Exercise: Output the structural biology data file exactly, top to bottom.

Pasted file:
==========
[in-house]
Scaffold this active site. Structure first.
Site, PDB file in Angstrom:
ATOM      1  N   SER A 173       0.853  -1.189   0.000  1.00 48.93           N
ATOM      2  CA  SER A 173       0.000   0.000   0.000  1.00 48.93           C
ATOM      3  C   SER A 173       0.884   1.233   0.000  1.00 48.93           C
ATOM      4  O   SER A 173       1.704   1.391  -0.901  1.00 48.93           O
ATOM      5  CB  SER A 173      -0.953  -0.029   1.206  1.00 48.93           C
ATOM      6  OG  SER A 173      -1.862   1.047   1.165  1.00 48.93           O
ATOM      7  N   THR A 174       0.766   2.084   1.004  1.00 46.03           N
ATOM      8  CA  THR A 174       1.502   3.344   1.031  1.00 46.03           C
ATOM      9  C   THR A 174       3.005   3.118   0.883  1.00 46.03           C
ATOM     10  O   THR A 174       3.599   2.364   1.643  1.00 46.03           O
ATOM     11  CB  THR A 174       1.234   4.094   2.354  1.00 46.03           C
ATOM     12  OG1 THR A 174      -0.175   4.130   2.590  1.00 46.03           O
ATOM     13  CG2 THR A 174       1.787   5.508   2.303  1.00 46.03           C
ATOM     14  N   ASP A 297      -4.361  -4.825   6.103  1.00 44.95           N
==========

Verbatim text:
[in-house]
Scaffold this active site. Structure first.
Site, PDB file in Angstrom:
ATOM      1  N   SER A 173       0.853  -1.189   0.000  1.00 48.93           N
ATOM      2  CA  SER A 173       0.000   0.000   0.000  1.00 48.93           C
ATOM      3  C   SER A 173       0.884   1.233   0.000  1.00 48.93           C
ATOM      4  O   SER A 173       1.704   1.391  -0.901  1.00 48.93           O
ATOM      5  CB  SER A 173      -0.953  -0.029   1.206  1.00 48.93           C
ATOM      6  OG  SER A 173      -1.862   1.047   1.165  1.00 48.93           O
ATOM      7  N   THR A 174       0.766   2.084   1.004  1.00 46.03           N
ATOM      8  CA  THR A 174       1.502   3.344   1.031  1.00 46.03           C
ATOM      9  C   THR A 174       3.005   3.118   0.883  1.00 46.03           C
ATOM     10  O   THR A 174       3.599   2.364   1.643  1.00 46.03           O
ATOM     11  CB  THR A 174       1.234   4.094   2.354  1.00 46.03           C
ATOM     12  OG1 THR A 174      -0.175   4.130   2.590  1.00 46.03           O
ATOM     13  CG2 THR A 174       1.787   5.508   2.303  1.00 46.03           C
ATOM     14  N   ASP A 297      -4.361  -4.825   6.103  1.00 44.95           N